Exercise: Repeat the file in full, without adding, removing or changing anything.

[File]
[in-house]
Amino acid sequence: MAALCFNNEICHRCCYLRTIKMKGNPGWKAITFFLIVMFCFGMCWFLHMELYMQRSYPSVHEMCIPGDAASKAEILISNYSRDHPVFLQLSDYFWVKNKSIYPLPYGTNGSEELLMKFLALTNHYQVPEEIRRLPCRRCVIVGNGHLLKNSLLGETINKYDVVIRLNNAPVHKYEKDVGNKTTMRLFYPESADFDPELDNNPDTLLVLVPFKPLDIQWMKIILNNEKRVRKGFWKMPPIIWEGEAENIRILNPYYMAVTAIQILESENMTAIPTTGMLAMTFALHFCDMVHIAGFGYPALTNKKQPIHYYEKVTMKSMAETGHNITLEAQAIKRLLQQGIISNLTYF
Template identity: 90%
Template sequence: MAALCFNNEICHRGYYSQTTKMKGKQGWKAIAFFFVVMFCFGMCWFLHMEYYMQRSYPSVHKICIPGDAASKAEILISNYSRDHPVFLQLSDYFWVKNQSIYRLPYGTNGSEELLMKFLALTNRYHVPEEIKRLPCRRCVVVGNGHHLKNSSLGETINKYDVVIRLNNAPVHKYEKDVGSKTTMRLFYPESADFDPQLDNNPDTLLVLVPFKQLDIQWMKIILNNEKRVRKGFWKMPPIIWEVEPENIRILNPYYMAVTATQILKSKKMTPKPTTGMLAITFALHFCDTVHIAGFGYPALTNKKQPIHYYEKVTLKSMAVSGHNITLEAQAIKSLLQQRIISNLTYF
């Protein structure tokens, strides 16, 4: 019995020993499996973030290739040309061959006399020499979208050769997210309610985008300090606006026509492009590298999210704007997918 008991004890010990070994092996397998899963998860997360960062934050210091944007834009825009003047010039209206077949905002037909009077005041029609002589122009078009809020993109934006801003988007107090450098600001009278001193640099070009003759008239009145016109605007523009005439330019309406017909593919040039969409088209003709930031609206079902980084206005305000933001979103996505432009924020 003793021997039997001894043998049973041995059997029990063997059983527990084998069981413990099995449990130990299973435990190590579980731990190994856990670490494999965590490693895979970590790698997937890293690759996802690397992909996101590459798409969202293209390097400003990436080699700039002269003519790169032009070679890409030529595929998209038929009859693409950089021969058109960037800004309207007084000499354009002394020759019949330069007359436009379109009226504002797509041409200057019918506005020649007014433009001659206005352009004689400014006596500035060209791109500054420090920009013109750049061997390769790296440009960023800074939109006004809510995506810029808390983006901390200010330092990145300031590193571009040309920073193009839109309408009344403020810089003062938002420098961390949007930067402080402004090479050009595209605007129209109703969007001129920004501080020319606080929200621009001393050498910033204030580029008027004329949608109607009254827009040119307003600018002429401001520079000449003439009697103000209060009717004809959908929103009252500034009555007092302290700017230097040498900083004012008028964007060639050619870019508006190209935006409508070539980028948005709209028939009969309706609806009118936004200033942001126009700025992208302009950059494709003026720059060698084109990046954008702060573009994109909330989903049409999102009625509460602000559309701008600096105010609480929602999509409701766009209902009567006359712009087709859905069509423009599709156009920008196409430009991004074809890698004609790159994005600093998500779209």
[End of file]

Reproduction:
[in-house]
Amino acid sequence: MAALCFNNEICHRCCYLRTIKMKGNPGWKAITFFLIVMFCFGMCWFLHMELYMQRSYPSVHEMCIPGDAASKAEILISNYSRDHPVFLQLSDYFWVKNKSIYPLPYGTNGSEELLMKFLALTNHYQVPEEIRRLPCRRCVIVGNGHLLKNSLLGETINKYDVVIRLNNAPVHKYEKDVGNKTTMRLFYPESADFDPELDNNPDTLLVLVPFKPLDIQWMKIILNNEKRVRKGFWKMPPIIWEGEAENIRILNPYYMAVTAIQILESENMTAIPTTGMLAMTFALHFCDMVHIAGFGYPALTNKKQPIHYYEKVTMKSMAETGHNITLEAQAIKRLLQQGIISNLTYF
Template identity: 90%
Template sequence: MAALCFNNEICHRGYYSQTTKMKGKQGWKAIAFFFVVMFCFGMCWFLHMEYYMQRSYPSVHKICIPGDAASKAEILISNYSRDHPVFLQLSDYFWVKNQSIYRLPYGTNGSEELLMKFLALTNRYHVPEEIKRLPCRRCVVVGNGHHLKNSSLGETINKYDVVIRLNNAPVHKYEKDVGSKTTMRLFYPESADFDPQLDNNPDTLLVLVPFKQLDIQWMKIILNNEKRVRKGFWKMPPIIWEVEPENIRILNPYYMAVTATQILKSKKMTPKPTTGMLAITFALHFCDTVHIAGFGYPALTNKKQPIHYYEKVTLKSMAVSGHNITLEAQAIKSLLQQRIISNLTYF
């Protein structure tokens, strides 16, 4: 019995020993499996973030290739040309061959006399020499979208050769997210309610985008300090606006026509492009590298999210704007997918 008991004890010990070994092996397998899963998860997360960062934050210091944007834009825009003047010039209206077949905002037909009077005041029609002589122009078009809020993109934006801003988007107090450098600001009278001193640099070009003759008239009145016109605007523009005439330019309406017909593919040039969409088209003709930031609206079902980084206005305000933001979103996505432009924020 003793021997039997001894043998049973041995059997029990063997059983527990084998069981413990099995449990130990299973435990190590579980731990190994856990670490494999965590490693895979970590790698997937890293690759996802690397992909996101590459798409969202293209390097400003990436080699700039002269003519790169032009070679890409030529595929998209038929009859693409950089021969058109960037800004309207007084000499354009002394020759019949330069007359436009379109009226504002797509041409200057019918506005020649007014433009001659206005352009004689400014006596500035060209791109500054420090920009013109750049061997390769790296440009960023800074939109006004809510995506810029808390983006901390200010330092990145300031590193571009040309920073193009839109309408009344403020810089003062938002420098961390949007930067402080402004090479050009595209605007129209109703969007001129920004501080020319606080929200621009001393050498910033204030580029008027004329949608109607009254827009040119307003600018002429401001520079000449003439009697103000209060009717004809959908929103009252500034009555007092302290700017230097040498900083004012008028964007060639050619870019508006190209935006409508070539980028948005709209028939009969309706609806009118936004200033942001126009700025992208302009950059494709003026720059060698084109990046954008702060573009994109909330989903049409999102009625509460602000559309701008600096105010609480929602999509409701766009209902009567006359712009087709859905069509423009599709156009920008196409430009991004074809890698004609790159994005600093998500779209």